Pearls Of Scientific Knowledge
I’m reading a book about science written by Professor Steven Goldman. It’s titled: “Great Scientific Ideas that Changed the World.” OK, so actually I’m listening to the CDs while I’m driving (I am a mobile surgeon). It’s a fascinating book. I’m learning lots of new things. If you knew any of the following pearls of knowledge, then congratulations. I sure didn’t.
“No writing, no science”
Writing was not a sudden discovery. It was the result of a deliberate effort to express ideas and describe objects with symbols. Initially, one sign described one thing (this remains the case in China, for example). Eventually, writing was simplified by the invention of letters.
Even though it was simpler, people still had to learn how to write and read. This led to the creation of schools. Goldman, the book's author, believes that writing is one factor that enabled ideas--particularly scientific concepts--to be widely disseminated through early universities.
For thousands of years, before writing was invented, people would acquire highly sophisticated know-how about various technologies, such as agriculture, ceramics, textiles, metal work and construction, through the oral tradition. That knon-how was passed orally from generation to generation.
“Know-how is embodied in processes,” Goldman says. If you made pottery, your knowledge is directly visible. You had to master each step in order to create nice pottery. People could see how you did it, if you did it well, and how creative your efforts may have been.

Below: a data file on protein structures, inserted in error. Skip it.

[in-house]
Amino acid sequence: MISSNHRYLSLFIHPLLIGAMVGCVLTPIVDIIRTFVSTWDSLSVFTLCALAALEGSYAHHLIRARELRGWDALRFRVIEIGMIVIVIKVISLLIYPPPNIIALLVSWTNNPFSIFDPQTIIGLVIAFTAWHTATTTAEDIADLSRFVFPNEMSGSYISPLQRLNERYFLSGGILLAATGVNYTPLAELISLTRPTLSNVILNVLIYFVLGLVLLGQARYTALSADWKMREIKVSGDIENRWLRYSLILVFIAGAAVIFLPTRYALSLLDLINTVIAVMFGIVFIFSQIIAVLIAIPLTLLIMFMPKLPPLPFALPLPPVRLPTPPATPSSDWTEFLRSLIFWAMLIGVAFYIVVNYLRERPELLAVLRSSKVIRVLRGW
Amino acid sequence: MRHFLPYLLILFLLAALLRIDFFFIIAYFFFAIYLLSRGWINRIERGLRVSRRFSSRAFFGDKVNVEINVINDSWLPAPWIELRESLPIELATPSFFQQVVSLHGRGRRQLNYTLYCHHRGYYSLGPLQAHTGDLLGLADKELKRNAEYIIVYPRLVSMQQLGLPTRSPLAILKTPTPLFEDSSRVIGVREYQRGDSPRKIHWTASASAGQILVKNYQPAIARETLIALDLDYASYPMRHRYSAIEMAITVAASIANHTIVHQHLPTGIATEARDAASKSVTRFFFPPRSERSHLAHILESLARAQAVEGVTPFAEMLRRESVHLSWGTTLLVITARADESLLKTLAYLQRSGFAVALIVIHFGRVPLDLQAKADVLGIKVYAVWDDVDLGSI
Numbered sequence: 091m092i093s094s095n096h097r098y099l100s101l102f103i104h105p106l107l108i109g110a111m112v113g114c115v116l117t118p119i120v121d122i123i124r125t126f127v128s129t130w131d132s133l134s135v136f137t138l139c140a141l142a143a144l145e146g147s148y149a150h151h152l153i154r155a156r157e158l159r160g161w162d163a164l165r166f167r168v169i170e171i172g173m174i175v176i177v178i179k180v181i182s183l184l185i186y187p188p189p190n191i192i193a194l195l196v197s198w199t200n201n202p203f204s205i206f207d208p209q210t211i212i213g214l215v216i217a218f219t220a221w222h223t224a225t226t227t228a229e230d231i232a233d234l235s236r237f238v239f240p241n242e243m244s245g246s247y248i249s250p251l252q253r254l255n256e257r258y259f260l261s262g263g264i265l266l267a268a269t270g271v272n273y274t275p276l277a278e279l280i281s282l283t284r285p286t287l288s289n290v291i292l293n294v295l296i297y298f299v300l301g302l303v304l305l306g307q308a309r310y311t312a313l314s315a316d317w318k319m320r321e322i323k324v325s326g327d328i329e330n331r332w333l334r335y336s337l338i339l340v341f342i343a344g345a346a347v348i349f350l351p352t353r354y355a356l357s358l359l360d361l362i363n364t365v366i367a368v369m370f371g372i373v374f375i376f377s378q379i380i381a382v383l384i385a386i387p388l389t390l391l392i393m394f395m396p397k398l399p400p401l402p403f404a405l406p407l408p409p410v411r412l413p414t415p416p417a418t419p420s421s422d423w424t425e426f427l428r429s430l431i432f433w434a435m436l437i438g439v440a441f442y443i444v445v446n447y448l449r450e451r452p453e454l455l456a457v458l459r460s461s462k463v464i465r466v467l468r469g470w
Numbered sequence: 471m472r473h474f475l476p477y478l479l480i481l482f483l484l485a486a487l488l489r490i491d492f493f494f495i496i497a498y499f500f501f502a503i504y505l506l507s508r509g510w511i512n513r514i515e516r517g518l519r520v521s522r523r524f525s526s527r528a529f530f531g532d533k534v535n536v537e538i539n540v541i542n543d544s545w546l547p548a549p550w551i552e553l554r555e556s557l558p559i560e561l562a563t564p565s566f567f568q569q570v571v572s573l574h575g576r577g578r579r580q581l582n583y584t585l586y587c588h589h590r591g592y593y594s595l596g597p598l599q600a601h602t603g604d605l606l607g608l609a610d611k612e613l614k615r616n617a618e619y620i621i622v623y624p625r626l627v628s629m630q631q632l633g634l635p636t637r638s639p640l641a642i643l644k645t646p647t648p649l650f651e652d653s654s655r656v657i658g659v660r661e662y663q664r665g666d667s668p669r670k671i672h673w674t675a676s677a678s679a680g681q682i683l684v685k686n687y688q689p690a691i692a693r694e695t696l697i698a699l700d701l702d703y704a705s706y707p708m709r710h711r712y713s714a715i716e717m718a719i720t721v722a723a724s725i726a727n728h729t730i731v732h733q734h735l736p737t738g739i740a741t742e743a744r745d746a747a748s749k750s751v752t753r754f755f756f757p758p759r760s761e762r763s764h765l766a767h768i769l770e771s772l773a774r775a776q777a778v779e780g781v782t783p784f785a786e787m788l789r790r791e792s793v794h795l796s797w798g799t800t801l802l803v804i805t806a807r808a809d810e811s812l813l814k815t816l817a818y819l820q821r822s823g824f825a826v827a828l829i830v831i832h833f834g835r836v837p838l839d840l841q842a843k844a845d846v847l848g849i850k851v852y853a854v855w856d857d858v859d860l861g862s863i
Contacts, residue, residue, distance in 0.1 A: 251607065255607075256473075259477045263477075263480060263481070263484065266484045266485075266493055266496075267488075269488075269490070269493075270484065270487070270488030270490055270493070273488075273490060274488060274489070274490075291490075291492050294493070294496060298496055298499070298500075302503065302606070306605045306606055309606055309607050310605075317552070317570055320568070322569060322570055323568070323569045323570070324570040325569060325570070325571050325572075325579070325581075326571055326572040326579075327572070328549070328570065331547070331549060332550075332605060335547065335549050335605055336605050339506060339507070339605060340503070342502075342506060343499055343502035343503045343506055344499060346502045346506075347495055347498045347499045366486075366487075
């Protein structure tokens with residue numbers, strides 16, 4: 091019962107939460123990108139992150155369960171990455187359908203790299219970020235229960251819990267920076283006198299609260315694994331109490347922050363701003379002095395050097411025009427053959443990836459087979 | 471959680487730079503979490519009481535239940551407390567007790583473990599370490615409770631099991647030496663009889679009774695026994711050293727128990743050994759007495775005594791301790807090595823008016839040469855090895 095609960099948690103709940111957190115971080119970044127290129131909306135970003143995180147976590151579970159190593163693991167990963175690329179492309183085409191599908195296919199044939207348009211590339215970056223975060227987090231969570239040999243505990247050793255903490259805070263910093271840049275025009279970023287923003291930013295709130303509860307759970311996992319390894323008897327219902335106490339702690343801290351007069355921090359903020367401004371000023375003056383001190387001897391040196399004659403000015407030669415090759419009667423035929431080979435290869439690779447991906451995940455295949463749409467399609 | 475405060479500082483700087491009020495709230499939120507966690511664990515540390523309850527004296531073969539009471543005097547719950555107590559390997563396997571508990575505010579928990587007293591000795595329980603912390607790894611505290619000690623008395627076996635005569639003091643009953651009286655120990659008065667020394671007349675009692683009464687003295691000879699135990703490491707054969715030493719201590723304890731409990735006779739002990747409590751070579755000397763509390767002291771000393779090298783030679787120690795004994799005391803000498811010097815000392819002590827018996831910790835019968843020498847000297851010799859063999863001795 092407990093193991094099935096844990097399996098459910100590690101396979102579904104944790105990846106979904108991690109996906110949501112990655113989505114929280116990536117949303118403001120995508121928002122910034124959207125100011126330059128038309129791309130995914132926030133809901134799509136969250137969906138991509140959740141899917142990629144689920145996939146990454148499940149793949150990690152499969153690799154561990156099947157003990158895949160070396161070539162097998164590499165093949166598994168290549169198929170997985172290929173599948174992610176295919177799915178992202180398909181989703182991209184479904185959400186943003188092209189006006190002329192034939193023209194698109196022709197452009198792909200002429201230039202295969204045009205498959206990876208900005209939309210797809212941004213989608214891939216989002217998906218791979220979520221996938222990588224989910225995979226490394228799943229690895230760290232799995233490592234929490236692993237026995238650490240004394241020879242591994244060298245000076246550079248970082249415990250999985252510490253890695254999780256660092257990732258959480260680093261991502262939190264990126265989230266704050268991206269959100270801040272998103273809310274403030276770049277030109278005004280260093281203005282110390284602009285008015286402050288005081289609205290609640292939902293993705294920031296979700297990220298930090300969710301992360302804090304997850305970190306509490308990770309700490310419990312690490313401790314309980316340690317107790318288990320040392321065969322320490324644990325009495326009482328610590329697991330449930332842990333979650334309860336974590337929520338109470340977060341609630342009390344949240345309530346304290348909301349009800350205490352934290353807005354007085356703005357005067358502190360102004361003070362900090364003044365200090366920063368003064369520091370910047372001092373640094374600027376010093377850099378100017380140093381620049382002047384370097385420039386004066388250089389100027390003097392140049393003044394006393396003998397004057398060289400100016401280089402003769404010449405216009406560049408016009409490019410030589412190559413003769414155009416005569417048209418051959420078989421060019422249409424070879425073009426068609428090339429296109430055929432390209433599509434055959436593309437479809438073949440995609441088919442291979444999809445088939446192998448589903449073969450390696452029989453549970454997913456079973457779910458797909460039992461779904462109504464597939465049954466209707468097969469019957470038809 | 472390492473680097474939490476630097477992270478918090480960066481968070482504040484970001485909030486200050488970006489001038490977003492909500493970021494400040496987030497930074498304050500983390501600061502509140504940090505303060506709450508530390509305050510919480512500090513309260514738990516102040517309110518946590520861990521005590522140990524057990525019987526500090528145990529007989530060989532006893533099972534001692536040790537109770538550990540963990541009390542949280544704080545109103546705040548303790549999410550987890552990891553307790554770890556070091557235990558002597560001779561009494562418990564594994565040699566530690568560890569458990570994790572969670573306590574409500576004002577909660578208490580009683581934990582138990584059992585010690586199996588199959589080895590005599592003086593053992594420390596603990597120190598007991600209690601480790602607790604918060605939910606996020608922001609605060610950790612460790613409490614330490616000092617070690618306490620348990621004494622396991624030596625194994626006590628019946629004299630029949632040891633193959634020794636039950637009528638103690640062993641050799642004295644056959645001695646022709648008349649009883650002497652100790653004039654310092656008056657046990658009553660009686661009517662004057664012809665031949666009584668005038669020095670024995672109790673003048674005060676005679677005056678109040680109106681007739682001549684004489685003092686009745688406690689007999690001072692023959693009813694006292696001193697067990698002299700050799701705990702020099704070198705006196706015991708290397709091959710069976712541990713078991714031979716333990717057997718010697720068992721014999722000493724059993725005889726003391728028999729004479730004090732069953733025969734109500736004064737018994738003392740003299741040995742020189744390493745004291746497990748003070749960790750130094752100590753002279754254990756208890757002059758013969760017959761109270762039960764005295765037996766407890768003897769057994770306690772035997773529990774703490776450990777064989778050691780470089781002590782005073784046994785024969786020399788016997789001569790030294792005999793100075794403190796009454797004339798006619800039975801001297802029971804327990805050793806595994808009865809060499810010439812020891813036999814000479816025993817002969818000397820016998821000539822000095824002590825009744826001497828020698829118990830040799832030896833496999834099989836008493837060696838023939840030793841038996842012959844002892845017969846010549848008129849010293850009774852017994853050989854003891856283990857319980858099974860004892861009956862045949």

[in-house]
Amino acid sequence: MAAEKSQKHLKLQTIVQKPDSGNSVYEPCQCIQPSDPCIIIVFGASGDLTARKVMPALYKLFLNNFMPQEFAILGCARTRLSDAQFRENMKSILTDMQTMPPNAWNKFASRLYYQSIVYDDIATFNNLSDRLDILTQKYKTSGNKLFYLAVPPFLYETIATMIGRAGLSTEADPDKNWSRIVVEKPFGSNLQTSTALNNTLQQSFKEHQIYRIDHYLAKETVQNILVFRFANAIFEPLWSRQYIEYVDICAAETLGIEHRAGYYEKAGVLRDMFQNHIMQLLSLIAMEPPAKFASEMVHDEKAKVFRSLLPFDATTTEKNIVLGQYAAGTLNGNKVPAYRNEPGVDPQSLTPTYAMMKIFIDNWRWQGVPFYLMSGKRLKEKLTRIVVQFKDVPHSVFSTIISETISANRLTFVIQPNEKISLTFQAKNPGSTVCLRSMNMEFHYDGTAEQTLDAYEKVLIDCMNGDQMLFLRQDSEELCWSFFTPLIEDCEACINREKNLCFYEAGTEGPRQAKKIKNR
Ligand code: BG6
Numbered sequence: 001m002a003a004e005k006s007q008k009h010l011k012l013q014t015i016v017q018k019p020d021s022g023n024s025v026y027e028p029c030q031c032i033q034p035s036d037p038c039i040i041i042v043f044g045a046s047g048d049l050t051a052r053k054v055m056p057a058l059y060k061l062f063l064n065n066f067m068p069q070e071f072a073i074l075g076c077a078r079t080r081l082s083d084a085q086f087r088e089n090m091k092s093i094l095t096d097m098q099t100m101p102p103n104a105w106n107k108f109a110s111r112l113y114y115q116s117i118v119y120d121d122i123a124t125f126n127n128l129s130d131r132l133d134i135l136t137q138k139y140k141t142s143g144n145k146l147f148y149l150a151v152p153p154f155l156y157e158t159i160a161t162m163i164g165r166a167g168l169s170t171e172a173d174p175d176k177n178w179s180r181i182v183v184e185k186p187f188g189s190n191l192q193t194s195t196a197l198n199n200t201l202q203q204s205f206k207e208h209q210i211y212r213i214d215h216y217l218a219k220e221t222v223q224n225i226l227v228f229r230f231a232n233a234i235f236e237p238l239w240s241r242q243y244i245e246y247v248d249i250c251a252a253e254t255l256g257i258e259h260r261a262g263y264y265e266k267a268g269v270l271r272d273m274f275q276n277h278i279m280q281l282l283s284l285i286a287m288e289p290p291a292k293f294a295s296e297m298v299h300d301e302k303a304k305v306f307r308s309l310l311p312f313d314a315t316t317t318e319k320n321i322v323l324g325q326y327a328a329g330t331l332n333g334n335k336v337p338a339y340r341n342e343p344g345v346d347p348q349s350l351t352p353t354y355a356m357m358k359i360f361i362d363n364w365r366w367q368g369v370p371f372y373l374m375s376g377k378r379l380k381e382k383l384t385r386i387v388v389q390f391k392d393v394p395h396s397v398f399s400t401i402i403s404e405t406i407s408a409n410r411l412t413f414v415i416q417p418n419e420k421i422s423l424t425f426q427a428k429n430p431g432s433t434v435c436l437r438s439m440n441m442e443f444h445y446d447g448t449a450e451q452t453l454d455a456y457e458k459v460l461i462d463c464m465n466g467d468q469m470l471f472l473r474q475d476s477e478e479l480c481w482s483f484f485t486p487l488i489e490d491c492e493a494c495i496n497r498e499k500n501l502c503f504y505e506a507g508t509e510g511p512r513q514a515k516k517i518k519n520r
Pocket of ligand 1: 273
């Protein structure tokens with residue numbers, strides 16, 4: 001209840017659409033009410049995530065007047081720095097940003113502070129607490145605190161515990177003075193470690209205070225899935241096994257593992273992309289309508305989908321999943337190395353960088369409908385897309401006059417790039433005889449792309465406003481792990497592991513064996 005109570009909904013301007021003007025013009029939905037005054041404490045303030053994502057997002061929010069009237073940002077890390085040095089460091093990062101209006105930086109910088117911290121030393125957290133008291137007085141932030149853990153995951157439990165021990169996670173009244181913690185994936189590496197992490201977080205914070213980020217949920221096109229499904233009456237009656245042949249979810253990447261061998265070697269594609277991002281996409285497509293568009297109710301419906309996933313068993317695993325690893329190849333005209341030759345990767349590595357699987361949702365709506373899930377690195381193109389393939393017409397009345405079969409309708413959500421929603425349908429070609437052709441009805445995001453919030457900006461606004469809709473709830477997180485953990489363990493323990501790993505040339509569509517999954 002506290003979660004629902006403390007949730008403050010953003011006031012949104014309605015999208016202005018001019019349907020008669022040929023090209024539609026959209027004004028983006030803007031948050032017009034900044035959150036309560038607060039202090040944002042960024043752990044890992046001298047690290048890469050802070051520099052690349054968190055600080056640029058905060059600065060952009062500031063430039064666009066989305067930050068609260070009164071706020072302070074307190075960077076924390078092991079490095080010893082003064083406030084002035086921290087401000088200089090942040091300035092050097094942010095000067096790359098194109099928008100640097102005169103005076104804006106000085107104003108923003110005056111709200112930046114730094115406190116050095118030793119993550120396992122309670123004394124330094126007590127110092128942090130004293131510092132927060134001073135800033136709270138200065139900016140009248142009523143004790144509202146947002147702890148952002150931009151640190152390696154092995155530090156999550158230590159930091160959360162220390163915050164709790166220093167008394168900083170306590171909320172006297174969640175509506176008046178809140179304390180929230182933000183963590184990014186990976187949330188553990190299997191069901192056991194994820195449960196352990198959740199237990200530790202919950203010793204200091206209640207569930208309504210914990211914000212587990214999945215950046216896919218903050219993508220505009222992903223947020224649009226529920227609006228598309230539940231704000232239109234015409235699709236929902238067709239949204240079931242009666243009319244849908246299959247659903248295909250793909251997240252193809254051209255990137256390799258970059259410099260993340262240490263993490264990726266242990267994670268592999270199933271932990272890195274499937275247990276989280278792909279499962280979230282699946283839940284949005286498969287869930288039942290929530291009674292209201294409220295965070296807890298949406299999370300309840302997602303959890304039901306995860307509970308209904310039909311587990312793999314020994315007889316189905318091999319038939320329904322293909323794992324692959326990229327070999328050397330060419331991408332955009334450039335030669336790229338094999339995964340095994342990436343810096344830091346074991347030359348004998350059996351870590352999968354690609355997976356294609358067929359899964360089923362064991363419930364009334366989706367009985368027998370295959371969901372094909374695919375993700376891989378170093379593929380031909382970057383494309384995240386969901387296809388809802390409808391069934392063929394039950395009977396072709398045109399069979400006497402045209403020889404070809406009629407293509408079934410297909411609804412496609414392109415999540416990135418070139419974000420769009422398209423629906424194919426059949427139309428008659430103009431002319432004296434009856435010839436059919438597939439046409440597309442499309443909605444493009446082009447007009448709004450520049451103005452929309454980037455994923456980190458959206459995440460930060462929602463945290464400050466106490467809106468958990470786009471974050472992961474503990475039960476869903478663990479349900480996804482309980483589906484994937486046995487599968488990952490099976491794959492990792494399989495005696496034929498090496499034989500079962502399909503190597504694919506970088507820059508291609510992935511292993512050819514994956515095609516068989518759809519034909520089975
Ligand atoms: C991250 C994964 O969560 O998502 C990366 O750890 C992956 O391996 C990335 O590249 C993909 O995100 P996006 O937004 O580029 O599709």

But science is abstract. You cannot see Einstein’s theory of general relativity, you can’t observe that the earth spins around the sun, you can’t appreciate the fact that the earth isn’t flat, and you can’t see electrons and protons.
To disseminate knowledge, people used writing. Again: “no writing, no science.”
Botanists and geneticists tell us that it took centuries (possibly over a thousand years) to transform the wild ancestors of wheat, rice and maize (which we call corn nowadays), into modern, domesticated plants.
In the wild, grains fall off plants for reproduction purposes. From an evolutionary, or Darwinian, standpoint, that is the logical thing for a plant to do.
But humans, in order to collect the grains, wanted them to stay on the plant. This realization led to the selection of plants that would serve Man’s needs. And the ear of corn was slowly created.
Fruits followed the same evolution. Archeologists recently discovered the remains of cultivated figs in the Jordan River Valley, in the Middle East. Again, they are very different from wild figs. It took many generations to slowly transform the fruit.
And domesticated animals followed the same transformation. Forgive my ignorance, but I didn’t realize that wild sheep have hairy coats. Wooly sheep, from which you can make clothes, came about after centuries of selection and breeding.
This is just a glimpse of what you can read about in this book. You might want to check it out.